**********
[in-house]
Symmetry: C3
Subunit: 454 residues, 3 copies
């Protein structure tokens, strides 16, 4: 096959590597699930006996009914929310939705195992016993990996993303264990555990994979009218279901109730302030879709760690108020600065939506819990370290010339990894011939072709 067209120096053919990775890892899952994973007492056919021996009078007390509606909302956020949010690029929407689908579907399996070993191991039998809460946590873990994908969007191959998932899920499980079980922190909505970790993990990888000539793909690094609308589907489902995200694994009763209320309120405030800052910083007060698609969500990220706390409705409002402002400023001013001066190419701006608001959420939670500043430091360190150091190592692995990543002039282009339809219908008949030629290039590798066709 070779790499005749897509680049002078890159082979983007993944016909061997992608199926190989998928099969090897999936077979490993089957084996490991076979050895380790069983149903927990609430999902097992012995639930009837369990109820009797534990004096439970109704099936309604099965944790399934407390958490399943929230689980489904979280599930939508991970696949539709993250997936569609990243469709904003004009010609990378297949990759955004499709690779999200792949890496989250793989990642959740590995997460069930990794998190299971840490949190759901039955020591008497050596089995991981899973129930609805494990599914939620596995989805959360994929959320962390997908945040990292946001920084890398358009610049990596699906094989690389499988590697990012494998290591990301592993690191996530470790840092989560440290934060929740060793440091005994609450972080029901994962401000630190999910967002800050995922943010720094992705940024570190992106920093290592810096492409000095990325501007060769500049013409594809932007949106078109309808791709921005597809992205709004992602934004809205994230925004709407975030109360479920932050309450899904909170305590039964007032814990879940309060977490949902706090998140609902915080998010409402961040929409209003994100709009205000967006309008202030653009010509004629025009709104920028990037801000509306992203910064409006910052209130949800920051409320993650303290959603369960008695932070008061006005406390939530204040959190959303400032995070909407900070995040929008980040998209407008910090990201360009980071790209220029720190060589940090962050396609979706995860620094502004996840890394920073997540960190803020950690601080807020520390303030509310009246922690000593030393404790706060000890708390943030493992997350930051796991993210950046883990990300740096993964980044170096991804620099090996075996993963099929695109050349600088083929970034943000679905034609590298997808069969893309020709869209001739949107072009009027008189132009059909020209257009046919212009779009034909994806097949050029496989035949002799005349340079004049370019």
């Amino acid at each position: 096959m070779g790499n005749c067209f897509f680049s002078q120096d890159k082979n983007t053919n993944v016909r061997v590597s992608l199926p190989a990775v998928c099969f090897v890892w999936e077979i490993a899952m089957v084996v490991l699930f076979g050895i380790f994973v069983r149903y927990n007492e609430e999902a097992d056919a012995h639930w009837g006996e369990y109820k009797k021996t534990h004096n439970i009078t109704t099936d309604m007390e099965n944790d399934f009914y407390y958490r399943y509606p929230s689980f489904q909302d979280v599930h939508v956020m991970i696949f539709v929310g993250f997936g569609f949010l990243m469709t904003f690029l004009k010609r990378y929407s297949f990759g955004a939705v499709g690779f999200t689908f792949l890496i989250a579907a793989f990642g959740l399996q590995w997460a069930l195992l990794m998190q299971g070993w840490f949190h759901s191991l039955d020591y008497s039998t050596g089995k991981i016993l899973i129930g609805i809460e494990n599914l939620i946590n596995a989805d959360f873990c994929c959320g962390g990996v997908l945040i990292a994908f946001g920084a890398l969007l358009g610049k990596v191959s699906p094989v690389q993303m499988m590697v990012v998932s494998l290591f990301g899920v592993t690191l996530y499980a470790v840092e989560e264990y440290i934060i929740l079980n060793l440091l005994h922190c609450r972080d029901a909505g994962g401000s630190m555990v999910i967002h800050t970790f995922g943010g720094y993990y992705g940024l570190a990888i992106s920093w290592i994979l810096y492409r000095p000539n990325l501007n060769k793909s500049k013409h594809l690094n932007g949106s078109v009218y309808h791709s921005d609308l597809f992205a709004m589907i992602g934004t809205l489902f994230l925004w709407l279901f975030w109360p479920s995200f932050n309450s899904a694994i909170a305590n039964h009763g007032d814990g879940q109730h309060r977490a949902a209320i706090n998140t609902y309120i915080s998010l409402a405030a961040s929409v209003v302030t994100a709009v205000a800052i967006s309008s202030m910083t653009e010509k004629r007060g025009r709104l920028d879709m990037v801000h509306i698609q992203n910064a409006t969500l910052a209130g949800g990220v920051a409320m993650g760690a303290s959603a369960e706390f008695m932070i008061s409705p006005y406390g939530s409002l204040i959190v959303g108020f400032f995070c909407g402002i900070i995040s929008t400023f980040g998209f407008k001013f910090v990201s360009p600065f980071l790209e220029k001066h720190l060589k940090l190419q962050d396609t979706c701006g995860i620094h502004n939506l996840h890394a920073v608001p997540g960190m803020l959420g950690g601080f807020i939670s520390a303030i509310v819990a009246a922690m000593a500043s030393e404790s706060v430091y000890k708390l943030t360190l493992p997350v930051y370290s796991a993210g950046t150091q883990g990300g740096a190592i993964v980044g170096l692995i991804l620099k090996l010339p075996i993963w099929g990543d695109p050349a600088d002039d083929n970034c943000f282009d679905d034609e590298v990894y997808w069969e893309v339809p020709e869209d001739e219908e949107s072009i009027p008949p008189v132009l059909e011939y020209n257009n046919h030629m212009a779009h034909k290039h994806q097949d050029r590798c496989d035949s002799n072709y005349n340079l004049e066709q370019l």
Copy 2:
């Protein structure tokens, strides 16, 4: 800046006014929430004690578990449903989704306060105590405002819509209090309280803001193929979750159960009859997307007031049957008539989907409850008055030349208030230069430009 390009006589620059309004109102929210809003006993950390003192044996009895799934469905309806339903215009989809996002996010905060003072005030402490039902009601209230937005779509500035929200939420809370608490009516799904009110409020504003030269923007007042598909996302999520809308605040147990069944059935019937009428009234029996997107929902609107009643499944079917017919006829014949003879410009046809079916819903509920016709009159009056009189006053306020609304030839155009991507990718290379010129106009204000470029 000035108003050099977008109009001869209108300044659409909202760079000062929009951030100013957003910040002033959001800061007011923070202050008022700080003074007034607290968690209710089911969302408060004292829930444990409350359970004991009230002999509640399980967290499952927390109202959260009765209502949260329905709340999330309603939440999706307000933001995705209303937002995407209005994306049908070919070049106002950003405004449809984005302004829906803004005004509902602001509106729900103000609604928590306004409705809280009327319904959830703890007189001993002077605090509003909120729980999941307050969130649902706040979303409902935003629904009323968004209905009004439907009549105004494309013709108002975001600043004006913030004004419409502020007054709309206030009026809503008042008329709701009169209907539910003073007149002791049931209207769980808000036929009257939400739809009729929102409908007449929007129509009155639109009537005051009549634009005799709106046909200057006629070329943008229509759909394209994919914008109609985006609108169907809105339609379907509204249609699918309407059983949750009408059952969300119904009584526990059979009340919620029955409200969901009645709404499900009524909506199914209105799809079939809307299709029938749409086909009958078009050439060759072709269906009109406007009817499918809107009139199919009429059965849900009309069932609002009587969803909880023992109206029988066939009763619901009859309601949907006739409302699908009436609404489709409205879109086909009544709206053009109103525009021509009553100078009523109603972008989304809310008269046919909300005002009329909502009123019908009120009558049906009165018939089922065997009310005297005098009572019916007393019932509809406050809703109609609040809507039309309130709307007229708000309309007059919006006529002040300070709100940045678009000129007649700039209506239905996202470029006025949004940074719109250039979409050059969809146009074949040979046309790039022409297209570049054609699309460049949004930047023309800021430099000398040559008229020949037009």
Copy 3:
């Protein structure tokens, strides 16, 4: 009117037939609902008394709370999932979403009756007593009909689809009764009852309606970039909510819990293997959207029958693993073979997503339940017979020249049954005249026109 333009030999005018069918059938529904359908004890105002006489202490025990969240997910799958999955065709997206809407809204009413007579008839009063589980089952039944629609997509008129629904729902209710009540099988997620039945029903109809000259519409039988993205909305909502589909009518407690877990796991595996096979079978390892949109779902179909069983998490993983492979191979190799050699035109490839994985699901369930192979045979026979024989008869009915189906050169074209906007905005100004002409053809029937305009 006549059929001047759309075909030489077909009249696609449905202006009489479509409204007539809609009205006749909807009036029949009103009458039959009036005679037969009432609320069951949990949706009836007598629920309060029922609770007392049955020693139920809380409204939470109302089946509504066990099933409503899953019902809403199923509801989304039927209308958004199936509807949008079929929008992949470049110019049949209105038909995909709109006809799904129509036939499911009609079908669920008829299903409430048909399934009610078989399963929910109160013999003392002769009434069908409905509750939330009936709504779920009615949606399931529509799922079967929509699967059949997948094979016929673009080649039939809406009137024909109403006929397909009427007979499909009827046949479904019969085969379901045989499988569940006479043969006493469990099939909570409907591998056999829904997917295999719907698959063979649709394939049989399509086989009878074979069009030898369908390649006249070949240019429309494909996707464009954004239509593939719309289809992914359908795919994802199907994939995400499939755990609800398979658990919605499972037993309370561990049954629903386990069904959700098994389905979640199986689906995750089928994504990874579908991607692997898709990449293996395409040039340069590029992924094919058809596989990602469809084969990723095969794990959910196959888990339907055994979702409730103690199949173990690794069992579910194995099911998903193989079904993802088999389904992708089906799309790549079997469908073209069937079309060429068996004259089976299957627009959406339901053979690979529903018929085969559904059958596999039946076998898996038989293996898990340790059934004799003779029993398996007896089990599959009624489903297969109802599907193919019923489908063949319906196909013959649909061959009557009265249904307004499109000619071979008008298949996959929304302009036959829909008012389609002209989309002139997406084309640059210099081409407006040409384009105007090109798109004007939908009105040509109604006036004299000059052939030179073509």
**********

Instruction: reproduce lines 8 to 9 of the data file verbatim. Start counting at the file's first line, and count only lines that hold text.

Copy 3:
């Protein structure tokens, strides 16, 4: 009117037939609902008394709370999932979403009756007593009909689809009764009852309606970039909510819990293997959207029958693993073979997503339940017979020249049954005249026109 333009030999005018069918059938529904359908004890105002006489202490025990969240997910799958999955065709997206809407809204009413007579008839009063589980089952039944629609997509008129629904729902209710009540099988997620039945029903109809000259519409039988993205909305909502589909009518407690877990796991595996096979079978390892949109779902179909069983998490993983492979191979190799050699035109490839994985699901369930192979045979026979024989008869009915189906050169074209906007905005100004002409053809029937305009 006549059929001047759309075909030489077909009249696609449905202006009489479509409204007539809609009205006749909807009036029949009103009458039959009036005679037969009432609320069951949990949706009836007598629920309060029922609770007392049955020693139920809380409204939470109302089946509504066990099933409503899953019902809403199923509801989304039927209308958004199936509807949008079929929008992949470049110019049949209105038909995909709109006809799904129509036939499911009609079908669920008829299903409430048909399934009610078989399963929910109160013999003392002769009434069908409905509750939330009936709504779920009615949606399931529509799922079967929509699967059949997948094979016929673009080649039939809406009137024909109403006929397909009427007979499909009827046949479904019969085969379901045989499988569940006479043969006493469990099939909570409907591998056999829904997917295999719907698959063979649709394939049989399509086989009878074979069009030898369908390649006249070949240019429309494909996707464009954004239509593939719309289809992914359908795919994802199907994939995400499939755990609800398979658990919605499972037993309370561990049954629903386990069904959700098994389905979640199986689906995750089928994504990874579908991607692997898709990449293996395409040039340069590029992924094919058809596989990602469809084969990723095969794990959910196959888990339907055994979702409730103690199949173990690794069992579910194995099911998903193989079904993802088999389904992708089906799309790549079997469908073209069937079309060429068996004259089976299957627009959406339901053979690979529903018929085969559904059958596999039946076998898996038989293996898990340790059934004799003779029993398996007896089990599959009624489903297969109802599907193919019923489908063949319906196909013959649909061959009557009265249904307004499109000619071979008008298949996959929304302009036959829909008012389609002209989309002139997406084309640059210099081409407006040409384009105007090109798109004007939908009105040509109604006036004299000059052939030179073509």